North Dakota voters recently considered taking advantage of their state’s newfound oil wealth to eliminate local property taxes, but decided to stick with the status quo. Given the actual choice set on the table that may have been the right decision. But I wish more jurisdictions would think harder about property taxes, which I think are overwhelmingly a barbaric relic of a time when governments faced large logistical constraints in their ability to assess and collect taxes. A property tax is essentially a tax on buildings, and since buildings are the most expensive most important and longest-lasting kind of capital goods we have it winds up being about the most anti-growth form of taxation you can imagine. What’s more, it’s a tax that has only a hazy relationship to ability to pay which invariably inspires jurisdictions to lard their property tax rules down with all kinds of exemptions and complications.
What you want to do is tax land. I met Rick Rybeck yesterday who sent me this interesting paper (PDF) of his on one special case of the issue:
Transportation investments often increase nearby land values. This can choke off development, pushing new growth to cheaper sites remote from these investments. This “leapfrog” development creates a demand for infrastructure extension that starts the process over again. Transportation infrastructure, intended to facilitate development, thus chases it away. Resulting sprawl strains the transportation, fiscal, and environmental systems upon which communities rely. Several jurisdictions around the country utilize a value-capture technique embedded in their property tax to help finance infrastructure and motivate affordable compact development. They reduce the tax rate on assessed building values and increase the tax rate on assessed land values. The resulting compact development should facilitate better transportation and accommodate economic growth with reduced fiscal and environmental costs. This technique’s ability to foster affordable compact development might help bridge the gap between those who advocate growth boundaries and those who fear the impact of growth boundaries on affordable housing.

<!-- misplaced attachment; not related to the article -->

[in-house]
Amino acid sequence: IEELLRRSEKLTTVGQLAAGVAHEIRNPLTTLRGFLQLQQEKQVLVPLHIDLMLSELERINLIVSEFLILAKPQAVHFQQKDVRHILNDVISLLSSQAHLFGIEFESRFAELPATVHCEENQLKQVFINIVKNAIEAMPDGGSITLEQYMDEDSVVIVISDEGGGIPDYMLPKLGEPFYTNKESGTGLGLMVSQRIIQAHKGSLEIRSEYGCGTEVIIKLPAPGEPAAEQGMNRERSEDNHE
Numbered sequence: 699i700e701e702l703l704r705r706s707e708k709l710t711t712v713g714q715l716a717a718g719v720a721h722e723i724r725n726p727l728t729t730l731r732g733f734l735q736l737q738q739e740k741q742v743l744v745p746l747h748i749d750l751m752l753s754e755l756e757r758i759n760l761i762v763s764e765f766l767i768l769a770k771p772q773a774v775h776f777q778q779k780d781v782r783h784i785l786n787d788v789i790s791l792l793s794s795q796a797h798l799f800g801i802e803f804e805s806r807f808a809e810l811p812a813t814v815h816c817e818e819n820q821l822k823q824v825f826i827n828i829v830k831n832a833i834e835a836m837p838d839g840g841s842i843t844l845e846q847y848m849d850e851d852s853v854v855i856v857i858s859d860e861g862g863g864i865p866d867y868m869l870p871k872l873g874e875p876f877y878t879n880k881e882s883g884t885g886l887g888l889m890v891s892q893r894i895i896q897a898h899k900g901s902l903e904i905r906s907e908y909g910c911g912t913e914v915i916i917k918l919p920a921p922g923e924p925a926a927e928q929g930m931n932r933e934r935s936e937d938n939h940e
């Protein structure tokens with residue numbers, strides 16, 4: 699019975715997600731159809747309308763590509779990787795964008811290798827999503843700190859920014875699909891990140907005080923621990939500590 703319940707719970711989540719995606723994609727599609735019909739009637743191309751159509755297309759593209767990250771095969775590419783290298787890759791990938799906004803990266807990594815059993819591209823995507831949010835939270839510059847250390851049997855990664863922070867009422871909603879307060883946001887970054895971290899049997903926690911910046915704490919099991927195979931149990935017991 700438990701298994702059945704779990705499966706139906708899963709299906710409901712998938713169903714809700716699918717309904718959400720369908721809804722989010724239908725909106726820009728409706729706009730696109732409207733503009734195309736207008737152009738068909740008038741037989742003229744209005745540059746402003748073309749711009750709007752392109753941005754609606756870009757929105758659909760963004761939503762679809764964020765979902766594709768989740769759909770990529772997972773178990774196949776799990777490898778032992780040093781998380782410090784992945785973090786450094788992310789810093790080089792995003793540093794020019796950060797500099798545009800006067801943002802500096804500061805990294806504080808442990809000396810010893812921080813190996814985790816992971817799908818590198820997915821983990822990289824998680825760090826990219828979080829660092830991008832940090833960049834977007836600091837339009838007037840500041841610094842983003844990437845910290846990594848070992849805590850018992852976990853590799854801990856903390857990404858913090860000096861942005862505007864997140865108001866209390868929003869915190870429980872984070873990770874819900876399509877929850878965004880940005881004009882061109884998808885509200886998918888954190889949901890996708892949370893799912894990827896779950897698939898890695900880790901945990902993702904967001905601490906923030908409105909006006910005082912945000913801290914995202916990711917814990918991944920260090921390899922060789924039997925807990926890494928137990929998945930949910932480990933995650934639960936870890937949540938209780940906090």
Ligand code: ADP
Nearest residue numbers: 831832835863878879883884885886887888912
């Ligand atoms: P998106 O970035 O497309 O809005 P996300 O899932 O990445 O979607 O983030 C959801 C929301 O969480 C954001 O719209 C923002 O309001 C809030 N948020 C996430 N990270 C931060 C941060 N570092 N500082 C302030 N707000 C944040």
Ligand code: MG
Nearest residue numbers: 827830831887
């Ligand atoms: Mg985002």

This is an excellent point, but I really do think the issue is quite general. If you read this skeptical take on land taxes (PDF) from Jeffrey P. Cohen and Cletus C. Coughlin (yes, that’s a realy person’s name) I think you’ll see that the case for them is really quite strong. Their first objection is that doing assessments of land value ex structures accurately is difficult. That’s true, but doing the theoretically correct tax with some estimation error is much closer to optimal than doing the wrong tax accurately. Their third objection is the ridiculous one that a land tax will redistribute resources away from wealthy landowners, which they correctly note “might be viewed by some as a virtue rather than a fault.”
Last they claim that “if a pure land tax were to captue all current and future rent from the landowners, the market value of the land would become zero” leading to widespread abandonment of land. If that were in fact to occur then I think we’d have to cut the tax. But I also think it’s wrong. For one thing, land would have consumption value to its owners. But more broadly, I think this is a bit like saying that since the average investor can’t beat average stock market returns nobody will ever buy stock. Or that since the expected return on launching a small business is negative there will be no entrepreneurship. The whole economy is propelled forward by a Lake Wobegon effect where, almost by definition, investors and entrepreneurs all think they’re above average. High land taxes will make land cheap, but entrepreneurs will want to get their hands on that cheap land in order to undertake their entrepreneurial schemes.